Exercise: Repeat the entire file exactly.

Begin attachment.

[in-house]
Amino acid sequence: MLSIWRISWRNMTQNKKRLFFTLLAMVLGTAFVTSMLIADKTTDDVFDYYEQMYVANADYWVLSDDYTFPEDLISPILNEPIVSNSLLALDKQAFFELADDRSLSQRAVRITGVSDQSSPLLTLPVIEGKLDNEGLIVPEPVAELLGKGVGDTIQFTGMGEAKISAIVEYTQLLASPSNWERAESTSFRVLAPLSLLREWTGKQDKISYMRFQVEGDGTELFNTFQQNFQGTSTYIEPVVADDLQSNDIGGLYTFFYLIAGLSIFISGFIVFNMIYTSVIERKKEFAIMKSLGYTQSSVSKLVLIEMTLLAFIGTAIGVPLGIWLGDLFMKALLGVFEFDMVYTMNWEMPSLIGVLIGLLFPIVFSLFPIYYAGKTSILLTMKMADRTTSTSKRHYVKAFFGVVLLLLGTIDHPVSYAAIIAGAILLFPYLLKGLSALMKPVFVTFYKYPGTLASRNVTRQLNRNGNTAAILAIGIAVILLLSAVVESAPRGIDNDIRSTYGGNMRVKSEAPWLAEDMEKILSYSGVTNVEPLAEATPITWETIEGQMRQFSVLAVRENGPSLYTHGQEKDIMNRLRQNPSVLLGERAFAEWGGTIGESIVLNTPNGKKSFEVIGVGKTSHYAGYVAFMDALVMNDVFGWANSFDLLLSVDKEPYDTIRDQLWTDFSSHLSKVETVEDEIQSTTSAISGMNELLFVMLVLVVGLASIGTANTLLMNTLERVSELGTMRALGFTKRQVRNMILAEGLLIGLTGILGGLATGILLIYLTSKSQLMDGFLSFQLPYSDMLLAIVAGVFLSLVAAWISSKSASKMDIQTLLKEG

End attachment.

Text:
[in-house]
Amino acid sequence: MLSIWRISWRNMTQNKKRLFFTLLAMVLGTAFVTSMLIADKTTDDVFDYYEQMYVANADYWVLSDDYTFPEDLISPILNEPIVSNSLLALDKQAFFELADDRSLSQRAVRITGVSDQSSPLLTLPVIEGKLDNEGLIVPEPVAELLGKGVGDTIQFTGMGEAKISAIVEYTQLLASPSNWERAESTSFRVLAPLSLLREWTGKQDKISYMRFQVEGDGTELFNTFQQNFQGTSTYIEPVVADDLQSNDIGGLYTFFYLIAGLSIFISGFIVFNMIYTSVIERKKEFAIMKSLGYTQSSVSKLVLIEMTLLAFIGTAIGVPLGIWLGDLFMKALLGVFEFDMVYTMNWEMPSLIGVLIGLLFPIVFSLFPIYYAGKTSILLTMKMADRTTSTSKRHYVKAFFGVVLLLLGTIDHPVSYAAIIAGAILLFPYLLKGLSALMKPVFVTFYKYPGTLASRNVTRQLNRNGNTAAILAIGIAVILLLSAVVESAPRGIDNDIRSTYGGNMRVKSEAPWLAEDMEKILSYSGVTNVEPLAEATPITWETIEGQMRQFSVLAVRENGPSLYTHGQEKDIMNRLRQNPSVLLGERAFAEWGGTIGESIVLNTPNGKKSFEVIGVGKTSHYAGYVAFMDALVMNDVFGWANSFDLLLSVDKEPYDTIRDQLWTDFSSHLSKVETVEDEIQSTTSAISGMNELLFVMLVLVVGLASIGTANTLLMNTLERVSELGTMRALGFTKRQVRNMILAEGLLIGLTGILGGLATGILLIYLTSKSQLMDGFLSFQLPYSDMLLAIVAGVFLSLVAAWISSKSASKMDIQTLLKEG